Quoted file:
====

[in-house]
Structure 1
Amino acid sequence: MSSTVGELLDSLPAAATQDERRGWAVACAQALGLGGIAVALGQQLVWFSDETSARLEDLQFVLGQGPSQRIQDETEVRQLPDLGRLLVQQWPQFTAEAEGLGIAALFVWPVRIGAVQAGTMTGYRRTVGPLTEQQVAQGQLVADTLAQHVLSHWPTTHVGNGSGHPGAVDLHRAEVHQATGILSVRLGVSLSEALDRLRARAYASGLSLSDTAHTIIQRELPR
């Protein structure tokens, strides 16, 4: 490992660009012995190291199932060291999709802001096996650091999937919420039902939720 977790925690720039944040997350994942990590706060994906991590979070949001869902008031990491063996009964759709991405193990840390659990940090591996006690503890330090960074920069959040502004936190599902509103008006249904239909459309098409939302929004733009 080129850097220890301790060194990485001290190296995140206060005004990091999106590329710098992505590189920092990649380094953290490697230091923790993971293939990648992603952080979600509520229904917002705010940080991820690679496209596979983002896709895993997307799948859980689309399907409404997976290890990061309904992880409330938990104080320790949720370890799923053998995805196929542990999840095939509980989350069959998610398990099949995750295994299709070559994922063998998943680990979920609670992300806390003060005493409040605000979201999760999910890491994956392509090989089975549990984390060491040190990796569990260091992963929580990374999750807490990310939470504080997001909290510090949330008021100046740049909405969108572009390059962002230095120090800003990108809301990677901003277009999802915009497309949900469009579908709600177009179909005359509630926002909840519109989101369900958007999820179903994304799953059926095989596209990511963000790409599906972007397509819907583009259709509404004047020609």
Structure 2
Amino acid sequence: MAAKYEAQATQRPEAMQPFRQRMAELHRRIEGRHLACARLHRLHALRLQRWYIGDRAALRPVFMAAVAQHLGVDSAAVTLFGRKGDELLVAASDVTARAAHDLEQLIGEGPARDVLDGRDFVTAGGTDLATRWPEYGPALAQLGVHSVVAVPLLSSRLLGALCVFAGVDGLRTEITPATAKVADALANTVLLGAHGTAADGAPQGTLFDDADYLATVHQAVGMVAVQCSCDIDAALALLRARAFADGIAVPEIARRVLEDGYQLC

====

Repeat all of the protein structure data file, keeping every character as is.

[in-house]
Structure 1
Amino acid sequence: MSSTVGELLDSLPAAATQDERRGWAVACAQALGLGGIAVALGQQLVWFSDETSARLEDLQFVLGQGPSQRIQDETEVRQLPDLGRLLVQQWPQFTAEAEGLGIAALFVWPVRIGAVQAGTMTGYRRTVGPLTEQQVAQGQLVADTLAQHVLSHWPTTHVGNGSGHPGAVDLHRAEVHQATGILSVRLGVSLSEALDRLRARAYASGLSLSDTAHTIIQRELPR
């Protein structure tokens, strides 16, 4: 490992660009012995190291199932060291999709802001096996650091999937919420039902939720 977790925690720039944040997350994942990590706060994906991590979070949001869902008031990491063996009964759709991405193990840390659990940090591996006690503890330090960074920069959040502004936190599902509103008006249904239909459309098409939302929004733009 080129850097220890301790060194990485001290190296995140206060005004990091999106590329710098992505590189920092990649380094953290490697230091923790993971293939990648992603952080979600509520229904917002705010940080991820690679496209596979983002896709895993997307799948859980689309399907409404997976290890990061309904992880409330938990104080320790949720370890799923053998995805196929542990999840095939509980989350069959998610398990099949995750295994299709070559994922063998998943680990979920609670992300806390003060005493409040605000979201999760999910890491994956392509090989089975549990984390060491040190990796569990260091992963929580990374999750807490990310939470504080997001909290510090949330008021100046740049909405969108572009390059962002230095120090800003990108809301990677901003277009999802915009497309949900469009579908709600177009179909005359509630926002909840519109989101369900958007999820179903994304799953059926095989596209990511963000790409599906972007397509819907583009259709509404004047020609």
Structure 2
Amino acid sequence: MAAKYEAQATQRPEAMQPFRQRMAELHRRIEGRHLACARLHRLHALRLQRWYIGDRAALRPVFMAAVAQHLGVDSAAVTLFGRKGDELLVAASDVTARAAHDLEQLIGEGPARDVLDGRDFVTAGGTDLATRWPEYGPALAQLGVHSVVAVPLLSSRLLGALCVFAGVDGLRTEITPATAKVADALANTVLLGAHGTAADGAPQGTLFDDADYLATVHQAVGMVAVQCSCDIDAALALLRARAFADGIAVPEIARRVLEDGYQLC